The book is told from Lara’s first person POV, which flips back and forth between “now” – starting at the first day of senior year – and “then” – starting with Lara’s arrival in the Outer Banks. Lara has had a crush a Chase, quarterback on the football team and shoo-in for Homecoming King, for as long as she can remember. The fact that he wants to spend time with her is exciting but she can’t stop thinking about why Jasmine’s being so cold to her. Lara’s confusion is so visceral – and reminded me so much of myself – that parts of the book were tough reading. It’s not that she doesn’t know that people can be queer, as she has queer and nonbinary frie nds, but that for those people they’ve always known they weren’t straight. How she comes to grips with her own sexuality is really the core of the book. It’s messy and hard and real, and I loved it.
“Jasmine was the one who inspired my haircut, who gave me the bravery for my piercing. Jasmine is the one who took me all over the Outer Banks, showed me how to find beauty in places I didn’t see it, including—cheesy as it was—myself. Jasmine was the one who showed me the real fun was never in following the crowd, and that sometimes the best things were the scary and the unexpected.”
I was a little worried at first that Jasmine would be too “poor little rich girl.” Sure, she’s privileged and flush with cash, but she understands that Lara’s not and does her best to discreetly include her. What I loved most about the two of them was how they push each other to try new things, to realize how freeing it is to be themselves instead of following along with the crowd. Sure, Jasmine’s the catalyst for the change in Lara, but she’s also the reason why Lara has the confidence to follow through.
“But there’s more to being friends than being needed. You don’t need to, like, provide a service, okay? Well, other than eyeliner application. I’m really reliant on that.”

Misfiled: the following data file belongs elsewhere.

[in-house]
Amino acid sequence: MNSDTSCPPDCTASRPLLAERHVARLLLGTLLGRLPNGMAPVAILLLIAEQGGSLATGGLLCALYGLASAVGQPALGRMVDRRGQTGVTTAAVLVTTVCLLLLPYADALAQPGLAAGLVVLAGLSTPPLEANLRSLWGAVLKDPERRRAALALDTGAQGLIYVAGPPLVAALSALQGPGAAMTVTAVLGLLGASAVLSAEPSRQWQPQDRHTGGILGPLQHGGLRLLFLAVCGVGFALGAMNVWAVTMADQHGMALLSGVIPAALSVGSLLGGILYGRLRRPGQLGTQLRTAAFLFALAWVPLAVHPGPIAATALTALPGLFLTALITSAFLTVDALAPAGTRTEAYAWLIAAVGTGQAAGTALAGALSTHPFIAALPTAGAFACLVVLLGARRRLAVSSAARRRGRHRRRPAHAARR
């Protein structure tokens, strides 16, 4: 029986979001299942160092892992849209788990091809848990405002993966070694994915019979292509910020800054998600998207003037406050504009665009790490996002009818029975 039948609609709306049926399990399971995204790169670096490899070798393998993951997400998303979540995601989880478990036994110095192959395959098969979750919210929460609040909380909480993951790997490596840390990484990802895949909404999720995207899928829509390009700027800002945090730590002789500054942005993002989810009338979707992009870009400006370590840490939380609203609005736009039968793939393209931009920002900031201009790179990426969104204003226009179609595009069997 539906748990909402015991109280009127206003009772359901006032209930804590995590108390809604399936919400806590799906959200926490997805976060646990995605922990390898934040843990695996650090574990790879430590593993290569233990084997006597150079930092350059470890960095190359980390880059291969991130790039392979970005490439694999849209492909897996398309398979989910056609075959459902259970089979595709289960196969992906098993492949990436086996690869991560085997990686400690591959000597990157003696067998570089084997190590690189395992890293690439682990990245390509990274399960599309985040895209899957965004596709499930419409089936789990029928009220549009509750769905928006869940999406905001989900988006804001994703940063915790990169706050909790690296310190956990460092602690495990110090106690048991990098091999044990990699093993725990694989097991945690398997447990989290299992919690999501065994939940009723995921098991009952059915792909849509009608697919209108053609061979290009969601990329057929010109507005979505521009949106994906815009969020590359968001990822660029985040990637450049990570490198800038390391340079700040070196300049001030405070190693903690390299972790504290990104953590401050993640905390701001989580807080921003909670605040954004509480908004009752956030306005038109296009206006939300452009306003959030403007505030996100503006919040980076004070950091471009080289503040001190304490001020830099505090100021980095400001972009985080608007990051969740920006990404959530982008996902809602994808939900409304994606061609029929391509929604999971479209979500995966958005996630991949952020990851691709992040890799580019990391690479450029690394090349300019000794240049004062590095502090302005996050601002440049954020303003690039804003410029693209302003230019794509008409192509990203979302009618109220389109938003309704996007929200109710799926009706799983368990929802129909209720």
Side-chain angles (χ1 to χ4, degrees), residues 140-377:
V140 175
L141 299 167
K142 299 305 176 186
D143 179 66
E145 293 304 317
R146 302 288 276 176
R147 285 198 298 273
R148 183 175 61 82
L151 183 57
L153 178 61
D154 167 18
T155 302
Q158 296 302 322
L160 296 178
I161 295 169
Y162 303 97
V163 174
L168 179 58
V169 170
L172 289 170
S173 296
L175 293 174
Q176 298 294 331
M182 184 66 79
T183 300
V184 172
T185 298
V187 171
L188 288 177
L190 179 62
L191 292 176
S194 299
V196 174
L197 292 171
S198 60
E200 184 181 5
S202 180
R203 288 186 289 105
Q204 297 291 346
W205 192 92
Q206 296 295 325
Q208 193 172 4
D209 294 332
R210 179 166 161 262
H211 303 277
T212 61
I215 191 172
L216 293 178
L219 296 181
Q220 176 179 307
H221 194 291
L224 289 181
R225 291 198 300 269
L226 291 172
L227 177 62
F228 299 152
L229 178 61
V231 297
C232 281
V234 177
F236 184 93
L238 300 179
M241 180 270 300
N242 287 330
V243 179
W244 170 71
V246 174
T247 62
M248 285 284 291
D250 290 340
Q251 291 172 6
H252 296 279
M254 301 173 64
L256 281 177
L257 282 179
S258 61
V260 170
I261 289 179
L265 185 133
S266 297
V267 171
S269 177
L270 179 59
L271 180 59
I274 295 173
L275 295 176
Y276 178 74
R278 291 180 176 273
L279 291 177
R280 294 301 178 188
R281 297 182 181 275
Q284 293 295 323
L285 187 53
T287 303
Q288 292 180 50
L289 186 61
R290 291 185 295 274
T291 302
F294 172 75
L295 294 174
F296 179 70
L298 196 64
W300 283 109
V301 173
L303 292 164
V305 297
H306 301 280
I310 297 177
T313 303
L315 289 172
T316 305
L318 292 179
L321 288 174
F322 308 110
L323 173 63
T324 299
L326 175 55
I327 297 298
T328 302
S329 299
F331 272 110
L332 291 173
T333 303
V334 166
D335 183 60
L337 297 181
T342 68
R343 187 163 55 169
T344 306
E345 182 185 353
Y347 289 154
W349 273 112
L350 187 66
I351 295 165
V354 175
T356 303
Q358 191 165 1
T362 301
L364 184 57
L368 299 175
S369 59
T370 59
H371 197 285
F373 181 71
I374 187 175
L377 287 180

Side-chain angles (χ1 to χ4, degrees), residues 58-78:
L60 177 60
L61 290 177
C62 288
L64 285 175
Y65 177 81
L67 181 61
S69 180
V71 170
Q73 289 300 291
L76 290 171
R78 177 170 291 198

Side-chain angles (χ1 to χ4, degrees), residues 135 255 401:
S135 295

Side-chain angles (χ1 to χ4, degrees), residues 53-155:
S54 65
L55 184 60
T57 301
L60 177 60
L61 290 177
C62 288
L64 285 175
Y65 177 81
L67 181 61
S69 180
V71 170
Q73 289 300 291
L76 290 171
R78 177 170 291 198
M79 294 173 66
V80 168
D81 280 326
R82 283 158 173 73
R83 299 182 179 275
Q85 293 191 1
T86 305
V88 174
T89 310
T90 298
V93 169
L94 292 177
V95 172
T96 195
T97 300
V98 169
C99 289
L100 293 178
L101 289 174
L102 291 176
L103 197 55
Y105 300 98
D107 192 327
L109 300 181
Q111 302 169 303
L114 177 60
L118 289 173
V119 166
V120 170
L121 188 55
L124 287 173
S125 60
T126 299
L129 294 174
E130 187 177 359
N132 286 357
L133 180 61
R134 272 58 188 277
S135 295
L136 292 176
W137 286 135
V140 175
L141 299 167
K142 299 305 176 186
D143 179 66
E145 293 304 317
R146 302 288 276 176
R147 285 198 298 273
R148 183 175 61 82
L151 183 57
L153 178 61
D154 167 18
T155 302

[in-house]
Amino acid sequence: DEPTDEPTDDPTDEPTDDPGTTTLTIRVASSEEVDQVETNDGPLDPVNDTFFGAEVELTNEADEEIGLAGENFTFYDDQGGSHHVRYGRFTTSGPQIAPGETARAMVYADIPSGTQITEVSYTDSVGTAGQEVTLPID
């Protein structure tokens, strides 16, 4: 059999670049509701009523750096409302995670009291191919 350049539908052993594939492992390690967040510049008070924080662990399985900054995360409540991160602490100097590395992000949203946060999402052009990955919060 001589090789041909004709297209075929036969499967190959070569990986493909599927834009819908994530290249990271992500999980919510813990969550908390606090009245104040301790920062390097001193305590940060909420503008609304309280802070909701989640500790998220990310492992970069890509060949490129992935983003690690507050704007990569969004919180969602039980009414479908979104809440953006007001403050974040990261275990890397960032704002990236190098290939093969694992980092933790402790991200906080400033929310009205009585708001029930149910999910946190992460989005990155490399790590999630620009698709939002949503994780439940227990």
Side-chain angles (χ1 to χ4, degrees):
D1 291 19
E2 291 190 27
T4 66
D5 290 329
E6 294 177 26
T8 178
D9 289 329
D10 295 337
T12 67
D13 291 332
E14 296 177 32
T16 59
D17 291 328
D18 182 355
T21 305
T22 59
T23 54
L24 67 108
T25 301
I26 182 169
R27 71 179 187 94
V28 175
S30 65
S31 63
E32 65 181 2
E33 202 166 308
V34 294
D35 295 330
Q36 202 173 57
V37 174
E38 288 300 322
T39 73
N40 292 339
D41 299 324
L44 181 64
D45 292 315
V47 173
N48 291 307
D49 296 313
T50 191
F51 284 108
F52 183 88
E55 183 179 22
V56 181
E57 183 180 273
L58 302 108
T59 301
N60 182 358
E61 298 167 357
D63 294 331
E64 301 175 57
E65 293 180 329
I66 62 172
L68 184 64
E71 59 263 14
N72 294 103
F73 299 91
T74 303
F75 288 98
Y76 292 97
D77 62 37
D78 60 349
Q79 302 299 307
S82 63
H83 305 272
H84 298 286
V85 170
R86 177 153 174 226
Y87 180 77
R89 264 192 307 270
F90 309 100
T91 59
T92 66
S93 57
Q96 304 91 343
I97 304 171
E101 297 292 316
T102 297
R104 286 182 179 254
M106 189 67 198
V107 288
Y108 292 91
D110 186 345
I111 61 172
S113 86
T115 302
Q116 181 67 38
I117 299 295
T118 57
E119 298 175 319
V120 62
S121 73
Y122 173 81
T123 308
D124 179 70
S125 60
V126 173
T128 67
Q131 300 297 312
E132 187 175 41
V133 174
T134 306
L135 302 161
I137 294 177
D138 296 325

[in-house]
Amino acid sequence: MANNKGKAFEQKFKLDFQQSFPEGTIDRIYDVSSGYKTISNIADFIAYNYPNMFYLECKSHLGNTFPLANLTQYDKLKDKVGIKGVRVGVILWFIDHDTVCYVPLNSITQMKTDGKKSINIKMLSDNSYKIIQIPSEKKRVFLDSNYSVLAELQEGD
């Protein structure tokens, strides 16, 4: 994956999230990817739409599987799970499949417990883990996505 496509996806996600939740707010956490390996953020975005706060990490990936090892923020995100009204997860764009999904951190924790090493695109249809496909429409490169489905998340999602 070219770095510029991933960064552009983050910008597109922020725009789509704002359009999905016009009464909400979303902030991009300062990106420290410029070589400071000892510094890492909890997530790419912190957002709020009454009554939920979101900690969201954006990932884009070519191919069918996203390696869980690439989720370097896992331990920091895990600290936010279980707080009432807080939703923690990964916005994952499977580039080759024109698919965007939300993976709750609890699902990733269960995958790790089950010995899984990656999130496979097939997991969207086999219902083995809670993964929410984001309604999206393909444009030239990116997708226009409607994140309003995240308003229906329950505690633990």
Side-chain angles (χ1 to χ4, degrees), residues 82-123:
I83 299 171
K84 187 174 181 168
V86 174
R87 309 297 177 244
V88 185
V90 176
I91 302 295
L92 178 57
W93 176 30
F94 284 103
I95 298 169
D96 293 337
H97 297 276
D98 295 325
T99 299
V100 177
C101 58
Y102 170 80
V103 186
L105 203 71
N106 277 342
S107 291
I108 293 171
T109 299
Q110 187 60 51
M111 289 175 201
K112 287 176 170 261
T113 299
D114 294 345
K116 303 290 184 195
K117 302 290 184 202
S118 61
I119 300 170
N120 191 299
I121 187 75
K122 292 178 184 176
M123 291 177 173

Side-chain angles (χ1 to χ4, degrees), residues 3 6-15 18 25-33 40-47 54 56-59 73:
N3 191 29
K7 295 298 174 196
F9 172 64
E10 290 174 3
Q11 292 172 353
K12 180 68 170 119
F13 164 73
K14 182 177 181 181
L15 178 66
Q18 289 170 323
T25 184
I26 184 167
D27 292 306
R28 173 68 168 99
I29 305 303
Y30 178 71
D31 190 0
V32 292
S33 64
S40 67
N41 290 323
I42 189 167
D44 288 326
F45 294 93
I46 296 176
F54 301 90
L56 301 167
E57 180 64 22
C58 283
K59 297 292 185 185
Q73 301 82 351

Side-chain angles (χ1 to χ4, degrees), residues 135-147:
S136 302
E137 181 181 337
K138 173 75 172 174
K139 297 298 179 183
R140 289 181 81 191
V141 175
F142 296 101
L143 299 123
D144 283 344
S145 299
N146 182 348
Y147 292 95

Of course, there’s also all of the usual teenage drama, including some popular girl clique stuff. Shannon’s the queen bee of their social circle, and Lara has always gone along in her wake. The other girls – Kiki and Gia – have their own things, whether it’s investigating crimes for their podcast or cheerleading, but besides Lara’s job at a bookstore, she’s content to tag along with whatever they’re doing. She’s used to looking to her friends for their approval of everything, from hair style to clothes to makeup, so the thought that they might treat her differently because she’s bi is terrifying. Even worse, she’s worried about how her Russian mother will react. They’re super close, and her mother has always been supportive of her, but she’s worried it’s a step too far.
I’m not a big fan of love triangles – I hate it when characters string two folks along because they can’t make up their minds – but I was OK with this one. For one thing, Lara spends a long time being oblivious that she’s even in a love triangle, but once she gets it, she understands the emotional damage she’s caused and can cause to the other people and does the best to own up to it. I don’t think it’s much of any kind of spoiler, honestly, to say that the book makes it clear from the beginning who she’s going to end up with.
Overall, if you like queer messy characters and quite a bit of summer lovin’, I think you’ll have a blast with this book!